The medieval Tuscan town of Colle di Val d’Elsa, in addition to its stunning views, creates 94% of Italy’s crystal and is responsible for 14% of crystal production worldwide. Big names like Tiffany, Steuben and Corning Ware entrust their production to crystal producers in Colle to meet exacting standards.
Thanks to a long tradition, a number of crystal makers still produce pieces of historic quality. A consortium unites a number of small-scale artisanal businesses and crystal manufacturing companies, several of which can be visited. One of these is Colle Vilca, located in the industrial outskirts of the town.
Vilca is a family owned and operated firm currently under the guidance of Giampiero Brogi, whose father had worked for a number of years at Waterford Crystal in Ireland. Today, the company showcases masterpieces made on premises, thus maintaining the local tradition.
Colle Vilca produces both typical stemware and pieces designed for specific wines, as well as decanters, oil bottles and a myriad of decorative pieces including Christmas ornaments. The work is done a regola d’arte, that is, time honored. A tour of the workshop allows visitors to glimpse a process that seems carefully choreographed with touches of improvisation.
Men fetch glowing orange globes of molten glass with a rod from an oven burning at a fiery 1500 degrees Celsius. The globes are then rolled, cooled with water, blown (the craftsman can lights his cigarette with the flaming globe) and molded into a stunning piece.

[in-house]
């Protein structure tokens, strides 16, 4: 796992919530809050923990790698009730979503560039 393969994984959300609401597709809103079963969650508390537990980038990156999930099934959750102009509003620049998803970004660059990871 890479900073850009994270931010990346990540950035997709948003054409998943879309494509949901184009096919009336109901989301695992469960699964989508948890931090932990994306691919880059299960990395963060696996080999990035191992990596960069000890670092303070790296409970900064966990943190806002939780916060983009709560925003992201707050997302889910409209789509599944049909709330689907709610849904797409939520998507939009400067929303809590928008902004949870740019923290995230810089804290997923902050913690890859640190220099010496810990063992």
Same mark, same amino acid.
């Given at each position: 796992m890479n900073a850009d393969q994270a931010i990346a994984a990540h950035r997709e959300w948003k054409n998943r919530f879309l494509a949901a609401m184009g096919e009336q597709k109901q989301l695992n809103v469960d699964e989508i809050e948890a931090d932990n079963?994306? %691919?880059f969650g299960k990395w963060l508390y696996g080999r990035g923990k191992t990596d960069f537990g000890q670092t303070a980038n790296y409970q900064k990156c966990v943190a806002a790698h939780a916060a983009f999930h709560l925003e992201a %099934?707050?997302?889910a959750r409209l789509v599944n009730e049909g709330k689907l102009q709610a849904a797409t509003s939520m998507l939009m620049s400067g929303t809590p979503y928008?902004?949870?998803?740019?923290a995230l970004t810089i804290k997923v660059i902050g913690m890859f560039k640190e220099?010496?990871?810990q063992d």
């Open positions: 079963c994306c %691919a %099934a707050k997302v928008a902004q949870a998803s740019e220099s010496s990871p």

The process, however, is nowhere near complete. The object it is placed is an oven where it is heated and passed onto the quality control section via conveyor belt. Ideally it should have 24% luminosity and be free of blemishes and air pockets. If the item passes inspection it goes on to refinement, otherwise the glass is melted down and used again later. What does pass the quality check goes on to be engraved. Decorations are added by diamond cutting.
The final crystal products are either exported, sold on premise, or exhibited in the local Consortium showroom in Colle Alto. In Tuscany there is an immense respect for the work of artisans, as it is a large part of the local patrimony and history. Like the many other forms of art that Italy is known for, crystal comes at a high price, but part of the price is the guarantee of the best value.
The crystal of excellence produced in Colle reflects its composition of fine sand and lead, a formula discovered in the 1600s in England. Only several major producers remain in Colle as a result of high operating costs and small earning margins. Despite difficulties, they continue an internationally renowned and respected level of craftsmanship. (david cortez & emilia gambardella)